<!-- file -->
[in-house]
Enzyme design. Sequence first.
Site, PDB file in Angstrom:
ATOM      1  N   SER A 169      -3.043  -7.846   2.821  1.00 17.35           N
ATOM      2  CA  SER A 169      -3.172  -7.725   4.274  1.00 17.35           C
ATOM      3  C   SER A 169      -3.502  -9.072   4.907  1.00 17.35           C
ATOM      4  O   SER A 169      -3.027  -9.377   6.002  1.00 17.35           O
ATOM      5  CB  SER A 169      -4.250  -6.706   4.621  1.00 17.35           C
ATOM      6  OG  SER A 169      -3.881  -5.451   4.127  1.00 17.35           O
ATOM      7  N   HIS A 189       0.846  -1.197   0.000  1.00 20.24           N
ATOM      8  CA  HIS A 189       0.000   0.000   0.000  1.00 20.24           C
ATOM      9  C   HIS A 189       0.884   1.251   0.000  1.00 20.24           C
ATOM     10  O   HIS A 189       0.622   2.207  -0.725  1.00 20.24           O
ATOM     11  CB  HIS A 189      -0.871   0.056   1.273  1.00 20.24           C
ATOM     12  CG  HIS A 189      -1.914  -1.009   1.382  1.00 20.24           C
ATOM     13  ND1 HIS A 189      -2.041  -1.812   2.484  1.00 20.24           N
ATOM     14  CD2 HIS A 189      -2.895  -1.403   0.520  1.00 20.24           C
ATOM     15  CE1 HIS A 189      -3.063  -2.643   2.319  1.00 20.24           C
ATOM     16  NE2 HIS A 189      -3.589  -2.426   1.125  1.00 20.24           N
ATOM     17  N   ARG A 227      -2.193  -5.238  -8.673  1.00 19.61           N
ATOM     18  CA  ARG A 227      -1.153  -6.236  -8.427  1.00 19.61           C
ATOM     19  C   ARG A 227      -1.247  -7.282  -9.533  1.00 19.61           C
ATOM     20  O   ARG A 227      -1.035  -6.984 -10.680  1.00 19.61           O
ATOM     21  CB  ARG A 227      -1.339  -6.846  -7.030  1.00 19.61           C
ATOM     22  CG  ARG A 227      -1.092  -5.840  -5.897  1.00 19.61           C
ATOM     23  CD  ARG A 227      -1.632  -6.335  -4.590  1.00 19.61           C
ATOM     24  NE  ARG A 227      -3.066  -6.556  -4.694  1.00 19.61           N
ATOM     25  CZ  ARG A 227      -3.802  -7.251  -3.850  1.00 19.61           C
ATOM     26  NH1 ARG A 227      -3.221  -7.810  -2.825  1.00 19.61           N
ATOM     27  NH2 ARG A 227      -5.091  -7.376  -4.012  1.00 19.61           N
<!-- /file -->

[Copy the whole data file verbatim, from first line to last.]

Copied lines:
[in-house]
Enzyme design. Sequence first.
Site, PDB file in Angstrom:
ATOM      1  N   SER A 169      -3.043  -7.846   2.821  1.00 17.35           N
ATOM      2  CA  SER A 169      -3.172  -7.725   4.274  1.00 17.35           C
ATOM      3  C   SER A 169      -3.502  -9.072   4.907  1.00 17.35           C
ATOM      4  O   SER A 169      -3.027  -9.377   6.002  1.00 17.35           O
ATOM      5  CB  SER A 169      -4.250  -6.706   4.621  1.00 17.35           C
ATOM      6  OG  SER A 169      -3.881  -5.451   4.127  1.00 17.35           O
ATOM      7  N   HIS A 189       0.846  -1.197   0.000  1.00 20.24           N
ATOM      8  CA  HIS A 189       0.000   0.000   0.000  1.00 20.24           C
ATOM      9  C   HIS A 189       0.884   1.251   0.000  1.00 20.24           C
ATOM     10  O   HIS A 189       0.622   2.207  -0.725  1.00 20.24           O
ATOM     11  CB  HIS A 189      -0.871   0.056   1.273  1.00 20.24           C
ATOM     12  CG  HIS A 189      -1.914  -1.009   1.382  1.00 20.24           C
ATOM     13  ND1 HIS A 189      -2.041  -1.812   2.484  1.00 20.24           N
ATOM     14  CD2 HIS A 189      -2.895  -1.403   0.520  1.00 20.24           C
ATOM     15  CE1 HIS A 189      -3.063  -2.643   2.319  1.00 20.24           C
ATOM     16  NE2 HIS A 189      -3.589  -2.426   1.125  1.00 20.24           N
ATOM     17  N   ARG A 227      -2.193  -5.238  -8.673  1.00 19.61           N
ATOM     18  CA  ARG A 227      -1.153  -6.236  -8.427  1.00 19.61           C
ATOM     19  C   ARG A 227      -1.247  -7.282  -9.533  1.00 19.61           C
ATOM     20  O   ARG A 227      -1.035  -6.984 -10.680  1.00 19.61           O
ATOM     21  CB  ARG A 227      -1.339  -6.846  -7.030  1.00 19.61           C
ATOM     22  CG  ARG A 227      -1.092  -5.840  -5.897  1.00 19.61           C
ATOM     23  CD  ARG A 227      -1.632  -6.335  -4.590  1.00 19.61           C
ATOM     24  NE  ARG A 227      -3.066  -6.556  -4.694  1.00 19.61           N
ATOM     25  CZ  ARG A 227      -3.802  -7.251  -3.850  1.00 19.61           C
ATOM     26  NH1 ARG A 227      -3.221  -7.810  -2.825  1.00 19.61           N
ATOM     27  NH2 ARG A 227      -5.091  -7.376  -4.012  1.00 19.61           N